Lupus is the term often used to refer to systemic lupus erythematosus (SLE), a chronic autoimmune disorder that can involve the skin, joints and internal organs. Females are more likely than males to develop lupus. The immune system in a child who has lupus cannot distinguish between invasive substances and the body’s own cells. Consequently the immune system triggers production of antibodies that target the patient’s own cells, resulting in rashes and pain in the joints. Lupus also can cause damage to the kidneys, which if persistent can lead to renal failure requiring dialysis or kidney transplantation. The effects of the disease can be mild and intermittent, or can be severe and potentially fatal. Lupus has no cure, but medical treatment can suppress the disease.
Multicystic kidney disease (MCDK) is a congenital kidney disease, most often diagnosed on a prenatal ultrasound, in which the kidney is non-functional and resembles a cluster of grapes, unlike the “kidney bean” shape of a normally developed organ. It is usually present only in 1 kidney. Children with MCDK on one side often have kidney abnormalities on the other side and therefore need to be seen by a kidney specialist. If the other kidney is normal, these children have a normal life with no need for medications.
Nephritis is an inflammation or bruising of tissues within the kidney, which is most commonly the result of a recent strep infection (of the throat or skin). Other less common causes include lupus, IgA nephropathy hepatitis B and hepatitis C. Children with nephritis present with ‘tea’ colored urine, puffy face and decreased urine output. Some may develop high blood pressure and acute renal failure, needing dialysis. Most children with strep-related nephritis get better on their own and have no long-term kidney damage or problems.
Childhood nephrotic syndrome, which also is called "nephrosis" is a condition characterized by loss of large amounts of protein through the urine. That results in a corresponding loss of necessary protein from the blood and a buildup of water within body tissues known as "edema". Edema becomes evident in swelling around the eyes, the abdomen or in the legs. Nephrotic syndrome is usually successfully treated with a medication called prednisone. Fortunately, treated nephrotic syndrome usually does not cause permanent kidney damage, and the condition may disappear at the onset of adolescence. If prednisone does not work, a kidney biopsy may be needed to find out exactly what is going on in the kidney so that the best treatment can be decided upon.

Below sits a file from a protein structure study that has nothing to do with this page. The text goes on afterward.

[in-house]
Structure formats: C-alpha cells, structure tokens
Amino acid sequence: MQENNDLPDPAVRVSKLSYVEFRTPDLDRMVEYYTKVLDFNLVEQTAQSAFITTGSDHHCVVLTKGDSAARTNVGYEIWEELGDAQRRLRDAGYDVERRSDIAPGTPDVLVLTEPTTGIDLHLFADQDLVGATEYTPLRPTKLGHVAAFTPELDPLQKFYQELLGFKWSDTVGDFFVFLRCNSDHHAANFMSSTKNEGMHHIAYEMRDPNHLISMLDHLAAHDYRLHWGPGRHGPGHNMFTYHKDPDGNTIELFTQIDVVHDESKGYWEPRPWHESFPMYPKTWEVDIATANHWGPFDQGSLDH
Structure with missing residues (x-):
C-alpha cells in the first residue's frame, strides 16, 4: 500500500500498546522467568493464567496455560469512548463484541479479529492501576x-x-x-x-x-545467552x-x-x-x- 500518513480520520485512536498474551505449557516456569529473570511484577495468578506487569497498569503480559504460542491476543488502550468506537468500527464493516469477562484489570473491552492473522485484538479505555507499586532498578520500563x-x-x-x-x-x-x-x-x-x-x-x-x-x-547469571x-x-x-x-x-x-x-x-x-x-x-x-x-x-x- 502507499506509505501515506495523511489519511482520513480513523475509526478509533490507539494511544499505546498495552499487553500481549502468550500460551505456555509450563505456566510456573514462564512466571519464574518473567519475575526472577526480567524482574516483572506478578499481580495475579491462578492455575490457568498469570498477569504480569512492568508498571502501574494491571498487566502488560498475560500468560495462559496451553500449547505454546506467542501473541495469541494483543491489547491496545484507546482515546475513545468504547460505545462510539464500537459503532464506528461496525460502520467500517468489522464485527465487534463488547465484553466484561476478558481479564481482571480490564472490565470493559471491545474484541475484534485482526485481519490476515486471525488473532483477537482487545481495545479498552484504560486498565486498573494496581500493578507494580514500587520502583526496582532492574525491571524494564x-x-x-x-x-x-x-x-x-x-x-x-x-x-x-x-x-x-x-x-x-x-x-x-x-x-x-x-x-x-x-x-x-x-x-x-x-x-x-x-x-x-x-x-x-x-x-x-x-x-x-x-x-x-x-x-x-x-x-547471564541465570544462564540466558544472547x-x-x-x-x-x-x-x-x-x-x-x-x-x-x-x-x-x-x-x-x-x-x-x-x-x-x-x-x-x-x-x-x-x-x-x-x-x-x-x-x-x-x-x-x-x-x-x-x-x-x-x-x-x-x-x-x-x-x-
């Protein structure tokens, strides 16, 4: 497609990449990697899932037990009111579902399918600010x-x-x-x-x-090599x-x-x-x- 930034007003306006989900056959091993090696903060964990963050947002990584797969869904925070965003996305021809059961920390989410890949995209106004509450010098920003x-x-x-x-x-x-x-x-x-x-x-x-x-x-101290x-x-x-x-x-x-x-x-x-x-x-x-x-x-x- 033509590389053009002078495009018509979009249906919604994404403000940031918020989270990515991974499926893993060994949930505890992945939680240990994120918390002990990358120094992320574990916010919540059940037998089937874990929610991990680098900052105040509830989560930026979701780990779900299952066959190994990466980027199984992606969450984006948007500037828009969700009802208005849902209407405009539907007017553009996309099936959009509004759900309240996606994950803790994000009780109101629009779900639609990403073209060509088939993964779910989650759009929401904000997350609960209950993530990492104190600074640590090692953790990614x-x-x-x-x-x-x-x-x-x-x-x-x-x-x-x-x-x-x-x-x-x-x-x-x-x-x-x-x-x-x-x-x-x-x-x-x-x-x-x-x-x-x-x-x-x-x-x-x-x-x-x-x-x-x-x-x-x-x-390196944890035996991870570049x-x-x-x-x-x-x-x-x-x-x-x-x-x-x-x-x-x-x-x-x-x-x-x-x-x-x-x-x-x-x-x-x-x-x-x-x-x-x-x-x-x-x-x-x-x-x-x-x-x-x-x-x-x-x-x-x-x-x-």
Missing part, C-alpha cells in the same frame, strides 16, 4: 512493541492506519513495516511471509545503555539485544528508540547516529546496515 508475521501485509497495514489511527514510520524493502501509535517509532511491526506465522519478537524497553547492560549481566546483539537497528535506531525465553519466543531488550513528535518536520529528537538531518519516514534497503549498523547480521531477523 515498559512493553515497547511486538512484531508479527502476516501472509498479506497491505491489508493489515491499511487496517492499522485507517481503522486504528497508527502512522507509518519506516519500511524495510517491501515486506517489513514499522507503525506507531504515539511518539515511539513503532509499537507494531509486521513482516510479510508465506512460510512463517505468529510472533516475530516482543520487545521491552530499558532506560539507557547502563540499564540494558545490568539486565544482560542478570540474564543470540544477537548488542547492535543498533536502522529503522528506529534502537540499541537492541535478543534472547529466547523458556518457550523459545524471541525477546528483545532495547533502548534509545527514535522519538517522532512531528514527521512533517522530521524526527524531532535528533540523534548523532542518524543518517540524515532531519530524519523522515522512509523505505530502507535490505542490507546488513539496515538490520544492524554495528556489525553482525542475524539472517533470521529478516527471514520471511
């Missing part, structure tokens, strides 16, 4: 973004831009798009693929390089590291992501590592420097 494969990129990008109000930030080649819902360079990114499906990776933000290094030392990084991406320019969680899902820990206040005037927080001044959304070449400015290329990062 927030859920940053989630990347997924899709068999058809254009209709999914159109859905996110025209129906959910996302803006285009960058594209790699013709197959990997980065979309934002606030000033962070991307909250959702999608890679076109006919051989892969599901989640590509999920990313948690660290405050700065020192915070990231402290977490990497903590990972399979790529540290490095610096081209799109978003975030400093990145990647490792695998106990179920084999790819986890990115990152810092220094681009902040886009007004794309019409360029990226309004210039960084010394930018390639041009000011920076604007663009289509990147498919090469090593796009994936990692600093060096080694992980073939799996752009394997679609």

Peritoneal dialysis is a blood cleansing process which, unlike hemodialysis, can be performed at home or even during normal activities. The process involves passing fluid through an area in the abdomen called the peritoneal cavity, where the blood is cleansed. One approach, called continuous ambulatory peritoneal dialysis (CAPD), is performed without machines. The patient squeezes a special “dialysate” solution through a catheter into the cavity, where it remains for several hours while it attracts and collects contaminants. While the dialysate cleanses the blood, the patient can go about normal activities, including working and walking—which is why it’s called “ambulatory.” After the prescribed period of time for the “exchange”, the dialysate is drained out of the body into the bag and discarded. Another approach, called continuous cycling peritoneal dialysis (CCPD), is also performed at home but involves use of a machine called a “cycler,” which automatically completes several exchange cycles. That process typically is performed throughout the night while the patient is asleep.